Madison Square Garden hosts its first playoff game in over five years. Will the Big Apple boys be able to kick the demons the Celtics have sicked on them in the final minutes of Game 1 and 2?
Posted by Matt Moore
The Narrative: Close only counts in horseshoes and hand grenades. That's the reality of where the Knicks are at. A stellar performance by Stoudemire in Game 1 crushed by a terrible performance from Melo and a vintage Ray Allen three. A superhuman response from Melo in Game 2 without Billups or Stoudemire, vanquished by Jared Jeffries bowled over on one end, intercepted on the other. The Knicks fought so well in the first two games. And they have nothing to show for it.
The crowd at MSG will be there. But you have to wonder about the emotional response of the Knicks. Those were two tough, tough losses to take. And versus a usual six seed who would just be happy to have shown some life and been in the conversation, New York's on a different level. The market, the city, the superstars, the expectations all mean that they're supposed to finish those games when they have the chance, even with the vagabonds they currently have in key rotation positions. Trying to get a lock on how the Knicks will come out is pretty difficult. You have to believe Stoudemire will be ready, having been in so many playoff games. Melo might be in the same boat, but he might also be checked out after doing what he did in Game 2 and having the game blown up by Jeffries electing to pass.
The Knicks' best effort will come from riding that surge of emotion. They can't out-execute the Celtics, but if Stoudemire's back, Boston also won't be able to throw nine-hundred defenders at Melo at once. The Knicks need to get out in transition, create steals, scrap like they did in the first two games and hang on. Surrendering late leads isn't just a way to lose a game. It's a way to lose a series. Just ask Indiana.
The Hook: You know who's been terrible? Landry Fields. Which isn't really fair to say since he's a rookie and all, and he hit the rookie wall about two months ago. Essentially, since the Melo trade, he's fallen off the map. Whether it's chemistry or lineups or balance, Fields hasn't been able to make the same kind of impact he did early in the season. Which would be something we'd excuse and move over, but as thin as the Knicks are, they need every player who could be considered "good" to contribut. Fields is 2-7 in this series with a rebound, a turnover, and a block in 35 combined minutes. He was even 0-2 at the free throw line. Fields doesn't have a great offensive repertoire and isn't any sort of speed demon. But he's got to make his presence felt somewhere. Hustle plays, easy layups, steals, blocks, somewhere. He's got to put in some sort of impact. The Knicks don't have enough players for Fields to no-show. That's just the reality of where he's at.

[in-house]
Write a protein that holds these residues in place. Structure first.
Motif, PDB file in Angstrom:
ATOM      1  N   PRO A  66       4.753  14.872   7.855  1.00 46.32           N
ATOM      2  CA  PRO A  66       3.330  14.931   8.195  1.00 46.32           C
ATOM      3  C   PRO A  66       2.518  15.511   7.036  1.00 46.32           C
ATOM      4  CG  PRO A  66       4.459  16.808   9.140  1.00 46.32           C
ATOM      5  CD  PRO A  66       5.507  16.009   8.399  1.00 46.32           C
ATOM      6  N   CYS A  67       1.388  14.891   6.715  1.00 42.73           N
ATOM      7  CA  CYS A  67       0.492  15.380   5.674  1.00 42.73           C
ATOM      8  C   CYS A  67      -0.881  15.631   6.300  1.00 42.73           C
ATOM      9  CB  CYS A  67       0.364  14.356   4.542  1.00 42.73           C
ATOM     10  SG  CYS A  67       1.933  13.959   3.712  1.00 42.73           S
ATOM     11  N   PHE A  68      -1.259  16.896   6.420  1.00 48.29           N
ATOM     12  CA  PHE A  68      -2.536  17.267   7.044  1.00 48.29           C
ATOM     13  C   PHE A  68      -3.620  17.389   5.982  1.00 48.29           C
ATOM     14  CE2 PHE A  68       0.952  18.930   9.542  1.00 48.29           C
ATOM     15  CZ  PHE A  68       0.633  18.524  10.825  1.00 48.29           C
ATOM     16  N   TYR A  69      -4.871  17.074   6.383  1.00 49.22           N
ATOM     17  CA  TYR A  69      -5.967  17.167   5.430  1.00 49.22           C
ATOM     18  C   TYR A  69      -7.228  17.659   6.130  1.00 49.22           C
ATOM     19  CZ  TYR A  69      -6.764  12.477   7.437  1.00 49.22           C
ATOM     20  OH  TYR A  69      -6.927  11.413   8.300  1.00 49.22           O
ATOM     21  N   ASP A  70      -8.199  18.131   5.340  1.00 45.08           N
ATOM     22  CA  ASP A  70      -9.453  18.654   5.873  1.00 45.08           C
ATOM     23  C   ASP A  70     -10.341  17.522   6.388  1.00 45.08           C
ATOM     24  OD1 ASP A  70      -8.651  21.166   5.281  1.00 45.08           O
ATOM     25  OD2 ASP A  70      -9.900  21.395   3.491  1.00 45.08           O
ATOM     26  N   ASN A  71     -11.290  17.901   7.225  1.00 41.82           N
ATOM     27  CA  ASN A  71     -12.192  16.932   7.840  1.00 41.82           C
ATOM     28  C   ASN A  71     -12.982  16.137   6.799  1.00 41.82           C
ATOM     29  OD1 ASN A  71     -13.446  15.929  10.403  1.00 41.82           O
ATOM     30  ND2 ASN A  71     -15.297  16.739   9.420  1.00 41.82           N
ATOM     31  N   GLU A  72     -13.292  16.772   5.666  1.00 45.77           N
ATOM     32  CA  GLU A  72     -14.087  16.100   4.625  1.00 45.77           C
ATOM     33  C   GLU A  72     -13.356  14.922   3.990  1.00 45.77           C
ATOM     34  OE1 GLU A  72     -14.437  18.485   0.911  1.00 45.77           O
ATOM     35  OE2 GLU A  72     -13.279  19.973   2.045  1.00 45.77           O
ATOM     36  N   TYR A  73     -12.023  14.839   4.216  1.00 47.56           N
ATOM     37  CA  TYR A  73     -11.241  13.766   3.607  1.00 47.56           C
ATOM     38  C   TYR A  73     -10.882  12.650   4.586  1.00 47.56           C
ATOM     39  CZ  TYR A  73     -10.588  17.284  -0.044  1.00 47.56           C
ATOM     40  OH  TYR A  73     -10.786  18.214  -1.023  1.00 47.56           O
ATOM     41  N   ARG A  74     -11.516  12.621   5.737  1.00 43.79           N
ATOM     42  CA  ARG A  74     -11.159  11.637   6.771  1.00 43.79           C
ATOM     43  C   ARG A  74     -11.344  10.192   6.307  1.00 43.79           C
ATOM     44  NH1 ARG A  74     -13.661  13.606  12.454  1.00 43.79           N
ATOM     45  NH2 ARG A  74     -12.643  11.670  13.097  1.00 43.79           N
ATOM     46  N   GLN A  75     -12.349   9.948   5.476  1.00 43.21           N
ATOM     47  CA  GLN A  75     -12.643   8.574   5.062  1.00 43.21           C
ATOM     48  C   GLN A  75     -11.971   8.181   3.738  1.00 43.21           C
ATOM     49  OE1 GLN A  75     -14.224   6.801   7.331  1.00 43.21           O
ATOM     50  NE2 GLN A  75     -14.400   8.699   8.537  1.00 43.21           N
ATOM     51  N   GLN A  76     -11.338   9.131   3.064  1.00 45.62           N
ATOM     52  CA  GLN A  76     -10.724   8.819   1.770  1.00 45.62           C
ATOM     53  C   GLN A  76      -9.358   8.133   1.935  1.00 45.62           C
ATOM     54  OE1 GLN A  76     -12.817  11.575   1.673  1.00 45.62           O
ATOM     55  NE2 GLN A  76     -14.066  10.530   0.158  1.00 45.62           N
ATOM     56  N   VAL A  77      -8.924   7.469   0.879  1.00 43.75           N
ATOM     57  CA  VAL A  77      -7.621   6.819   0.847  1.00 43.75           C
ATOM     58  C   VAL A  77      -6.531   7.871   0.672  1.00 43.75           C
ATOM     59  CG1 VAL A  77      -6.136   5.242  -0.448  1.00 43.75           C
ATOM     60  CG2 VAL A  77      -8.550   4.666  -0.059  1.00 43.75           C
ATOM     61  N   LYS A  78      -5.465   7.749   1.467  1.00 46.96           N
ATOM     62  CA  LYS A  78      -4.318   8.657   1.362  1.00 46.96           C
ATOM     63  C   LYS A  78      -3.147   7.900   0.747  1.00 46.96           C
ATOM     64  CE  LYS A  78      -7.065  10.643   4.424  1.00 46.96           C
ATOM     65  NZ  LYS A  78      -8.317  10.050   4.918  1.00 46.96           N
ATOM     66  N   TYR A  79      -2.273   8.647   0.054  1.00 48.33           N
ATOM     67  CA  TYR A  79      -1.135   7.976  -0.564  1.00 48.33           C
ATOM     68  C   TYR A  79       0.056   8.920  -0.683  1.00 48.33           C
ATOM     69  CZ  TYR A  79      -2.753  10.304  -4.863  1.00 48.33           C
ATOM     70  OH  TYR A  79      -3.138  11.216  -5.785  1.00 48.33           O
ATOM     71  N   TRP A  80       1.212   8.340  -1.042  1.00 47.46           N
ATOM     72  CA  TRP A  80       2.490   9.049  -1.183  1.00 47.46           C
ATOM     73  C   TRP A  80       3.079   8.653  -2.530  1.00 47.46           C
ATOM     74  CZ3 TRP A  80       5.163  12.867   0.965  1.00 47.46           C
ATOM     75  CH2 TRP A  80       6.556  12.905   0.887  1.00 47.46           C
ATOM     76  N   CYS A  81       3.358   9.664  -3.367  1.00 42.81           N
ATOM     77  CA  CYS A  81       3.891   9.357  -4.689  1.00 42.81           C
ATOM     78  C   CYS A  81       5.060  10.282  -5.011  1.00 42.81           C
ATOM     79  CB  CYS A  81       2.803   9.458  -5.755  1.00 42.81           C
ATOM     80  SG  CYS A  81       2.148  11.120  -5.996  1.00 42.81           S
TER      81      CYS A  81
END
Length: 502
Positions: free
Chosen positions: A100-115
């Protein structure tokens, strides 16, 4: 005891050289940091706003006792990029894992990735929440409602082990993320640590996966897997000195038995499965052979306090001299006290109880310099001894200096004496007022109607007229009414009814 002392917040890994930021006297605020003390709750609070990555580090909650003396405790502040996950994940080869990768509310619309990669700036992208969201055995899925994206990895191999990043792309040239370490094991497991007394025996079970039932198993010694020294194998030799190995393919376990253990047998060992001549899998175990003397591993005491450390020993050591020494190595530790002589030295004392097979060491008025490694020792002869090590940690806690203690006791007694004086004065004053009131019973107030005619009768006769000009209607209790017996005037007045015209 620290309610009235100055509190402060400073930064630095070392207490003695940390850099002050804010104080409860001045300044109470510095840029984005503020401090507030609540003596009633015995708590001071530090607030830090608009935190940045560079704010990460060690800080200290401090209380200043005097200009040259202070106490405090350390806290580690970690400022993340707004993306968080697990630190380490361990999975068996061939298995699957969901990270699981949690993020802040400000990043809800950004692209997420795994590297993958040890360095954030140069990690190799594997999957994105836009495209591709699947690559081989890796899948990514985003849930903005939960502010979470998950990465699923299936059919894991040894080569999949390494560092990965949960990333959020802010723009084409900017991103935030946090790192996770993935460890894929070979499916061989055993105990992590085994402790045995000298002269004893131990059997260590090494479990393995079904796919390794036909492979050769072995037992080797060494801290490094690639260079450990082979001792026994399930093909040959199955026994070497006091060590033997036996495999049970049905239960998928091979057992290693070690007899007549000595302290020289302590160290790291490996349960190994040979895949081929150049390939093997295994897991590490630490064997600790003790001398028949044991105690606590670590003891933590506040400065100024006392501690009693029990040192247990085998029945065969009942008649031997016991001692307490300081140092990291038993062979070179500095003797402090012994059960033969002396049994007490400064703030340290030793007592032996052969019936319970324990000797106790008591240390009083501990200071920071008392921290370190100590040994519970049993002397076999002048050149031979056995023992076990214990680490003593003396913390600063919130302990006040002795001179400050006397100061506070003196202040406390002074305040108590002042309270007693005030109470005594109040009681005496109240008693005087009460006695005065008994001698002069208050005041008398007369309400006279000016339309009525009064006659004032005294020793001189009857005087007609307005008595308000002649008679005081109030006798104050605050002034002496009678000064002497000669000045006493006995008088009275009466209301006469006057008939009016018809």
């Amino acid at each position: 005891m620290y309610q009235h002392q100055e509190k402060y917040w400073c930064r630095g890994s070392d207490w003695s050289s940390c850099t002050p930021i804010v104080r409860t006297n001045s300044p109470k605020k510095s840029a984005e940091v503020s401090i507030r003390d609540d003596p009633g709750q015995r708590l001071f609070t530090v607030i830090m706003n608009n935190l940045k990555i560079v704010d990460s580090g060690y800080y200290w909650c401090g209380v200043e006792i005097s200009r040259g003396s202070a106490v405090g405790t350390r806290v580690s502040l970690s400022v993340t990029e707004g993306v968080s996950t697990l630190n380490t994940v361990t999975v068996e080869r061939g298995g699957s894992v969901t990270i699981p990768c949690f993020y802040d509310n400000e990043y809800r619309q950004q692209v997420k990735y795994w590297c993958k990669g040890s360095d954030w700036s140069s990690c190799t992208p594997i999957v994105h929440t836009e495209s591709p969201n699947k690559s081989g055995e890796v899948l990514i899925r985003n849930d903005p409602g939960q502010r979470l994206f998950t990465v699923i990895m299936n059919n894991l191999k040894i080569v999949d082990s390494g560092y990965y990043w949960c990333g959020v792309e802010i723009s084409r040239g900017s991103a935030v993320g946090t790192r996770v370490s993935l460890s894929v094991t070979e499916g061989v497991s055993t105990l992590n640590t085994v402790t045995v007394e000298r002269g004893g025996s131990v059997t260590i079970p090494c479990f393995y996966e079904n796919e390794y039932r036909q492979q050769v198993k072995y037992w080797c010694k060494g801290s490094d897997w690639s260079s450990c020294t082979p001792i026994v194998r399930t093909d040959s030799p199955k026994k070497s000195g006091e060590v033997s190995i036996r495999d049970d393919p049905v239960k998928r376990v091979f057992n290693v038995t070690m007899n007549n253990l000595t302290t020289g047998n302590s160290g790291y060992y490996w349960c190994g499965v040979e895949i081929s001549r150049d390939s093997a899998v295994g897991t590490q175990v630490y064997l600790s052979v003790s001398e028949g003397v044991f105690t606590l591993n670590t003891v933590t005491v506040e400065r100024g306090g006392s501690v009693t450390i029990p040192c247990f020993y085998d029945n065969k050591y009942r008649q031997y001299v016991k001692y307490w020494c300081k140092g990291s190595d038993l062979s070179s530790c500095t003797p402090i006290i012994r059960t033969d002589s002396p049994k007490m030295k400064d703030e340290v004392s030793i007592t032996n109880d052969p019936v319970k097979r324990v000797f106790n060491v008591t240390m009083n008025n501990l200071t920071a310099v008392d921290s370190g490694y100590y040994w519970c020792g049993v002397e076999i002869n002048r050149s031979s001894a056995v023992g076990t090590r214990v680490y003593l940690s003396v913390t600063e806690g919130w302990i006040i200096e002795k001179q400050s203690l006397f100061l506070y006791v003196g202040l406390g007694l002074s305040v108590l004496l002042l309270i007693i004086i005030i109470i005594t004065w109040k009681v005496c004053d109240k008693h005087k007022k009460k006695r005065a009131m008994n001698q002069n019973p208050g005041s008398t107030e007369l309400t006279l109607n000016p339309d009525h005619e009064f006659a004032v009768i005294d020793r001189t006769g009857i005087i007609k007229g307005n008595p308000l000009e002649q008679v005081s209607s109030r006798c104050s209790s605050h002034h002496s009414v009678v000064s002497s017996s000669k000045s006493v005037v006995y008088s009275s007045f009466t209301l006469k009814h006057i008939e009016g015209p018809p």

The Adjustment: Stoudemire might be back, and he killed the Celtics in Game 1. The Celtics aren't known to just accept certain guys doing damage. So they'll likely be more aggressive with STAT at the elbow and low. The elbow is Stoudemire's ISO starting position. Since the Knicks are likely without Chauncey Billups again, there isn't a ball-handler to really attack with Stoudemire in the pick and roll (and isn't that a shame). So those elbow possessions will be up should Stoudemire give it a go. Expect the Celtics to possibly back off the elbow jumper to keep Stoudemire from driving, hoping those back spasms will tighten up his release to distract him. When he does drive, expect more low help, as neither Turiaf nor Jeffries have proven they can handle, collect, or produce off the dump-off pass.
Also expect a really healthy dose of elbows to the back of Stoudemire. If he plays, he's going to physically wish he hadn't. This is what the Celtics do.
If the Knicks are smart, they'll force the issue with the pick and roll. Yes, the Celtics are one of the best pick and roll defensive teams in the league, and yes, the Knicks are without a capable guard to run said system. But even getting Melo as ball-handler or working with veteran guard Anthony Carter could help. Stoudemire is so good in that set, to not use him is almost criminal.
The X-Factor: Injury, obviously. Shaq's almost definitely out. Amar'e is a gametime decision. Billups is likely out. The Celtics have a handful of scrapes and bruises, including Jermaine O'Neal's wrist, which turned him from a major influencer in Game 1 to a near-liability in Game 2. Despite this being a Mike D'Antoni team, this has been a rough and tumble series, with some good defense played on both sides. There's going to be more hammering, more contact, more bad blood. The Celtics know that Game 3 and 4 are chances for the knockout punch. They also know that losing both means less rest before facing the Heat in the semis. The Knicks know the Garden is their last stand and another suckerpunch loss will pretty much doom them and the players will start to check out mentally. With the injuries in play, this is going to come down to a battle of wills.
And in that situation, you never, ever want to bet against the Celtics.
The Sticking Point: The Knicks got a superb performance from Stoudemire in Game 1. They got an other-worldly response from Melo, short-handed, in Game 2. Their best hope in this series was for their star players to step up and take over the game. That happend. They still lost. The Celtics haven't shut down the Knicks' best players, but they've done enough, particularly in the last five minutes. Swagger's a cliche, but it's also got some truth to it. The Celtics know they can win, no matter what the Knicks do.
Can the Knicks find a different way to win, or are they just pretty much who they are? The Garden's waiting to find out.
Series Reset Knicks-Celtics: Garden games
Posted on: April 22, 2011 3:10 pm
Edited on: April 22, 2011 7:00 pm